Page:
No matter what investigators discover about Lubitz’s psychiatric condition, this solemn occasion is an opportunity to rethink the way we talk about tragedy and mental illness so that it reflects more than just an obsession with a diagnosis.

“We need to create an environment,” says Ballard, “where we can have conversations about health that include the whole person — mental and physical.”

http://mashable.com/2015/03/27/germanwings-pilot-mental-health/

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blahpolar

battlescarred, bright, bewildered, bent, blue & bipolar

20 thoughts on “The problem isn’t if the Germanwings pilot had a mental illness, it’s why he hid it”

  1. But also though, you have to take into account whether his mental illness caused him to think illogically and do this. I know, I wrote the same thing about stigma, fear and hiding his condition. It;s all very complicated and right now it is bad and awful that this happened. Thanks for posting.

    Liked by 2 people

  2. A couple of years ago I worked with a pilot who had had a stroke (in the washroom during a stopover, the delay in treatment led to severe brain injury). He had, before and after injury, a serious drinking problem. I discovered that there was an entire support network and special treatment centre for Westjet pilots with addiction problems. Connect the dots? I would not be surprised if the hours, time changes and pressures placed on pilots (especially with the rush to cut airline fares) exasperate psychological problems even for pilots who do not have a serious underlying mental health concern. Anyone can crack. I hope this is normalized to a broader conversation, not one that further stigmatizes those who are already “labeled”.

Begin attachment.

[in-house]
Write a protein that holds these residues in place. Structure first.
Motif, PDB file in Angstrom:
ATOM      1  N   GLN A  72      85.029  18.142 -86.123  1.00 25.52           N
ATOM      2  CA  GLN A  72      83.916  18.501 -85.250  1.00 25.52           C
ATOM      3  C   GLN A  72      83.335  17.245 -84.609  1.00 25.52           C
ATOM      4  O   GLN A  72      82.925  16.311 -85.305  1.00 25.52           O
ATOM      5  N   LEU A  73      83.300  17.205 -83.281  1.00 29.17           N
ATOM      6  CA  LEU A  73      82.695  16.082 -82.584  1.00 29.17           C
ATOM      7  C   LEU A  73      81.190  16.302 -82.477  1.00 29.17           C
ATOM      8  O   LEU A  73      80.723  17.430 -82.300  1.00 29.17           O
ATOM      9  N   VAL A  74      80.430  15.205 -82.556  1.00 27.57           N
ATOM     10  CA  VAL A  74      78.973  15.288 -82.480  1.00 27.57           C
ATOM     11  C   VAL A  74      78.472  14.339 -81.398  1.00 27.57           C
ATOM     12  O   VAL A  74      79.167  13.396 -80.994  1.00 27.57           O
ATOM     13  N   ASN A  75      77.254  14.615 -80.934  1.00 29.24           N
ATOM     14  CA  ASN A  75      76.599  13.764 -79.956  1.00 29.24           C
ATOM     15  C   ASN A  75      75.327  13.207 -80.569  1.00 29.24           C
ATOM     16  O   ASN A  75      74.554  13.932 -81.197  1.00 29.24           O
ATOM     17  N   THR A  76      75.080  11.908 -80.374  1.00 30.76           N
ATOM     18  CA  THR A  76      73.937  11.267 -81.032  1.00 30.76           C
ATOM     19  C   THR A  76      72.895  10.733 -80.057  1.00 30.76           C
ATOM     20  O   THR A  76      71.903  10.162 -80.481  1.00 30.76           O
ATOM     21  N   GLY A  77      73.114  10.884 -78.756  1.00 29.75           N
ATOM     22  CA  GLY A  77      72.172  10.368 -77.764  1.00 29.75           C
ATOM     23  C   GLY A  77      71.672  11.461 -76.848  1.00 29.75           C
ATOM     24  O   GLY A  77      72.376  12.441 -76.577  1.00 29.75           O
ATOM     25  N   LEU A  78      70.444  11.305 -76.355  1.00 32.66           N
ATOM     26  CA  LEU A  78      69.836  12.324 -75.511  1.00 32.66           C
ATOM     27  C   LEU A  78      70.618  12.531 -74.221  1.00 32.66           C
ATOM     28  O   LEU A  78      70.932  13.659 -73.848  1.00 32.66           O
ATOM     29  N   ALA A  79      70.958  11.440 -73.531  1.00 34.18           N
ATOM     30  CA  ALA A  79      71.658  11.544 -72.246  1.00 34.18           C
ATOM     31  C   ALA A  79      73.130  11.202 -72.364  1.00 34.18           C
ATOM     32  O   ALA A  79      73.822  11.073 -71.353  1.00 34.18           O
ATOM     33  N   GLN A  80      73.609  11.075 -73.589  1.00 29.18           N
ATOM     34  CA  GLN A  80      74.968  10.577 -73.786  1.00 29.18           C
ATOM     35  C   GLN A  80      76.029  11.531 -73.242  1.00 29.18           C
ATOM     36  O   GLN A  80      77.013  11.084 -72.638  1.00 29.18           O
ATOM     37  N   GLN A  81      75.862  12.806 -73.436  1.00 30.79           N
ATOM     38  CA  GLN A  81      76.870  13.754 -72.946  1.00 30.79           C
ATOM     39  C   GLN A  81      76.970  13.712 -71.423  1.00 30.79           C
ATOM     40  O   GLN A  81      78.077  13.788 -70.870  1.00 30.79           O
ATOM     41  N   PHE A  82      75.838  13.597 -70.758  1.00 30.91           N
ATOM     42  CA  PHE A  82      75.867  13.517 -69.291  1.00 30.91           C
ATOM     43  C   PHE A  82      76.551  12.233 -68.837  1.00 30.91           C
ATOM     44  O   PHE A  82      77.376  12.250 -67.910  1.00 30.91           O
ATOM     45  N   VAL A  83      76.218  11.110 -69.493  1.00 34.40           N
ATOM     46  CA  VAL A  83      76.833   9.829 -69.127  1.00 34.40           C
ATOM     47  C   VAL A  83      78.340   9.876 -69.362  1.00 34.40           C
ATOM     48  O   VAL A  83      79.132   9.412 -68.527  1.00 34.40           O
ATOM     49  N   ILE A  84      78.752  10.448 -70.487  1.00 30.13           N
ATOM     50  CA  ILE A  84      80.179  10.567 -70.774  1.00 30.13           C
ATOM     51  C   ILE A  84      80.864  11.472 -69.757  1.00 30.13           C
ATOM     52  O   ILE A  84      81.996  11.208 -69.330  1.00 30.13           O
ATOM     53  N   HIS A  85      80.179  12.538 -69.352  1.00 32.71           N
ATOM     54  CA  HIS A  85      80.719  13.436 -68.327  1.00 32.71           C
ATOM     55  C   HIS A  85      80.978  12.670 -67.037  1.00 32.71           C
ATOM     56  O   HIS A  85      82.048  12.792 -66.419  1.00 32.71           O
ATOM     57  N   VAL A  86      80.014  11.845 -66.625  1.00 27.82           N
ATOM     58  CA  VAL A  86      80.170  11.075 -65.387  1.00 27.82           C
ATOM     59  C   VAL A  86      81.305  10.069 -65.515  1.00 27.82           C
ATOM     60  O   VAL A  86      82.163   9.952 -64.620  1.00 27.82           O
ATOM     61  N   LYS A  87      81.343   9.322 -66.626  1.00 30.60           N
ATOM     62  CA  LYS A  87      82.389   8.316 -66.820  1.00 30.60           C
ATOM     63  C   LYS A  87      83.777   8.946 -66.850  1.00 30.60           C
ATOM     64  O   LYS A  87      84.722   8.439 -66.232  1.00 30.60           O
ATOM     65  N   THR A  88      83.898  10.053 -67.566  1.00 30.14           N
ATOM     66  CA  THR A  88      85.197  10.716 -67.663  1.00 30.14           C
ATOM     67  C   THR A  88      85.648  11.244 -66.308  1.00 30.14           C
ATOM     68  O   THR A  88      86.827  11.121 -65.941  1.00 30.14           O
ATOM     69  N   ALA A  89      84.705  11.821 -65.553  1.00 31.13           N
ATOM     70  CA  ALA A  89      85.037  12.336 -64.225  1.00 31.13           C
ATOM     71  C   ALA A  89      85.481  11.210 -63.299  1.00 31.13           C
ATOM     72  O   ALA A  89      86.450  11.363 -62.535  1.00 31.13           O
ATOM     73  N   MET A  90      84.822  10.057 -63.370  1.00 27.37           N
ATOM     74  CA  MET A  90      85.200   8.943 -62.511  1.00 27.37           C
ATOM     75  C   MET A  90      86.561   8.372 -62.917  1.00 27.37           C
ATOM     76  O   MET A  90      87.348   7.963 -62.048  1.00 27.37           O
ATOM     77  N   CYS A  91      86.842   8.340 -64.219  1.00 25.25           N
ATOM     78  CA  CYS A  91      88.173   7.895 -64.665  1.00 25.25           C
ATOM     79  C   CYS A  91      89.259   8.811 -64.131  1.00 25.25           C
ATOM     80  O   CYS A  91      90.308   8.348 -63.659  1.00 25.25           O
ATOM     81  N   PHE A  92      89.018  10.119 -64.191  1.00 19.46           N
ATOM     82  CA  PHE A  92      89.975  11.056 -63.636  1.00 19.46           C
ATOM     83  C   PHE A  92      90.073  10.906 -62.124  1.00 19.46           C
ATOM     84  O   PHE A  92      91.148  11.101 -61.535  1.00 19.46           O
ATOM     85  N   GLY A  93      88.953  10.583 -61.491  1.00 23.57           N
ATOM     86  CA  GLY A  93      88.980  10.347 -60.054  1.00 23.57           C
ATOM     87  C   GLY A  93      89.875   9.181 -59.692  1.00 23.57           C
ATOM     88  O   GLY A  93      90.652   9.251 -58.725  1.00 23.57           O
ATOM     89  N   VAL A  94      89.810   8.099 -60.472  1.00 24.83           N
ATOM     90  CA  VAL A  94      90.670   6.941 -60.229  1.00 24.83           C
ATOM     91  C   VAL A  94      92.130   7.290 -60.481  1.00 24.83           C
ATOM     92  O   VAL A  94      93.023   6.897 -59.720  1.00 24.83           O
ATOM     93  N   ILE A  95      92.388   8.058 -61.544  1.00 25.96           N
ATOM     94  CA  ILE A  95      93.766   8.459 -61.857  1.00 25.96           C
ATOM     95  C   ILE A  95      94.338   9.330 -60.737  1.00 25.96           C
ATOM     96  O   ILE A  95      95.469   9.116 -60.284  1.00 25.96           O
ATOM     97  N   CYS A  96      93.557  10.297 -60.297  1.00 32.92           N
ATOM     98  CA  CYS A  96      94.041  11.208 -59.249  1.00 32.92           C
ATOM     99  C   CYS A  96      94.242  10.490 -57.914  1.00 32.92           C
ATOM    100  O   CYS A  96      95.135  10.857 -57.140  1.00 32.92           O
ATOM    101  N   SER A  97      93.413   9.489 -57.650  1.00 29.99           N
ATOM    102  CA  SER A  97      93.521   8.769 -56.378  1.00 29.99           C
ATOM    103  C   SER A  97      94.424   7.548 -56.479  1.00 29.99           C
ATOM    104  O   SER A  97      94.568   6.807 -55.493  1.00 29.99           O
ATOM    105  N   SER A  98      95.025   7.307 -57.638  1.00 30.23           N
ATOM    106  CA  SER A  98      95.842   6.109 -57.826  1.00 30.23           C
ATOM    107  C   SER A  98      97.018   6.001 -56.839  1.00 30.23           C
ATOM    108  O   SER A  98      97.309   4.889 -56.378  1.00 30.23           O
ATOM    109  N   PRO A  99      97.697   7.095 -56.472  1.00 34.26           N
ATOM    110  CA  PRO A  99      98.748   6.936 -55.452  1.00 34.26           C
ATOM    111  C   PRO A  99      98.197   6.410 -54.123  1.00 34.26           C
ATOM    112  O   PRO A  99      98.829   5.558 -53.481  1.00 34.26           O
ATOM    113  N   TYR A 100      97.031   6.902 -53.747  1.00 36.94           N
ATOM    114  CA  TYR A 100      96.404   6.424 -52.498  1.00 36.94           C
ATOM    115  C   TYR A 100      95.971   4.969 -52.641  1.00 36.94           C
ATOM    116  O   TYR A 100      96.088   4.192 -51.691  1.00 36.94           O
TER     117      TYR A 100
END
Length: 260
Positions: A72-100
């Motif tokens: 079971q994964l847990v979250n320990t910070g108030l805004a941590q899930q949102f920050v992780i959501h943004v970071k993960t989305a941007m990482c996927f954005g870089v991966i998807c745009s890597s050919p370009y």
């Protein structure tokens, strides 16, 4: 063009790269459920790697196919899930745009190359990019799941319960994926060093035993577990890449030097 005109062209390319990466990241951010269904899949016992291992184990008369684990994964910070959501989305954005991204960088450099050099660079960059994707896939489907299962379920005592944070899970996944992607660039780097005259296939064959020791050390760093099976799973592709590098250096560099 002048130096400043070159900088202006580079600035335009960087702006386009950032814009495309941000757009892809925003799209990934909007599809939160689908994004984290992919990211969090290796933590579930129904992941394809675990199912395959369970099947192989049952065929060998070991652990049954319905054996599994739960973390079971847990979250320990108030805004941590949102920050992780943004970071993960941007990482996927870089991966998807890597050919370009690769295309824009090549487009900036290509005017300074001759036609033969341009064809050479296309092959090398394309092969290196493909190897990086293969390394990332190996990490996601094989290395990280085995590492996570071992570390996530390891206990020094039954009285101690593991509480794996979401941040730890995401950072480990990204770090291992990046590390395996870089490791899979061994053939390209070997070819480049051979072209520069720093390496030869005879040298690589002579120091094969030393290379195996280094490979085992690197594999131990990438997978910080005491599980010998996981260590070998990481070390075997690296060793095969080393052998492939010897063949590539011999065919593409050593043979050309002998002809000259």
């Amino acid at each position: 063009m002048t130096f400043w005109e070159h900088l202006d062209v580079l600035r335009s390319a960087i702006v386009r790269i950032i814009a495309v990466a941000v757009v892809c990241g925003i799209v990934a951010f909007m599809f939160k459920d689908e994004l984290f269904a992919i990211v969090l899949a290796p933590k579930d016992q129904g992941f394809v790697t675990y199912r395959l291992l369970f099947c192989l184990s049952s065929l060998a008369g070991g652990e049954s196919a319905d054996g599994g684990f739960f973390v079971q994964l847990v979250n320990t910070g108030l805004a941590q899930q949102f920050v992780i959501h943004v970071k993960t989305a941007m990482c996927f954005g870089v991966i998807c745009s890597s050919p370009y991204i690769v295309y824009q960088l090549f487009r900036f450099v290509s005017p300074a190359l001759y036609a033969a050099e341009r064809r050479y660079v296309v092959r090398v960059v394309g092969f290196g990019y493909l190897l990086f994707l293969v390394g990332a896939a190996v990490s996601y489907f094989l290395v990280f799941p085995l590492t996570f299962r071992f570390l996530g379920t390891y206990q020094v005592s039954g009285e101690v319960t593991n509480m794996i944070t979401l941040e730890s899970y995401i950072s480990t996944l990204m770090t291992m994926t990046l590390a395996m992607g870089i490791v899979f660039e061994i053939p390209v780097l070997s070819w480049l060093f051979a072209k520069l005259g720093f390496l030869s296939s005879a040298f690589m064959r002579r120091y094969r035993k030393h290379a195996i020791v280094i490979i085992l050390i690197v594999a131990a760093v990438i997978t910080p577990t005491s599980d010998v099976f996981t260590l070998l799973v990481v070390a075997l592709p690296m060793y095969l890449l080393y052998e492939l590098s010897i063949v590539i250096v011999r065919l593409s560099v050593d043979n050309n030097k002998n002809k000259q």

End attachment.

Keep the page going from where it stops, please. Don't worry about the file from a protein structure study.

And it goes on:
Liked by 4 people

  3. I know what means not being able to say about your mental condition in your work place. Not saying is itself a big issue for me, especially when I want to have that pertucular job and want to work. In the interviev there is no way to say it. One of my last longer job, arond four years, in the library I kept quite, until I had breakdown. After that, even no one asked me to leave I couldn’t bear to say there because of others attititude towards me, their look, putting distance, ect., made me leave even change the city I live. It was too hursh. The isolation I felt was too much.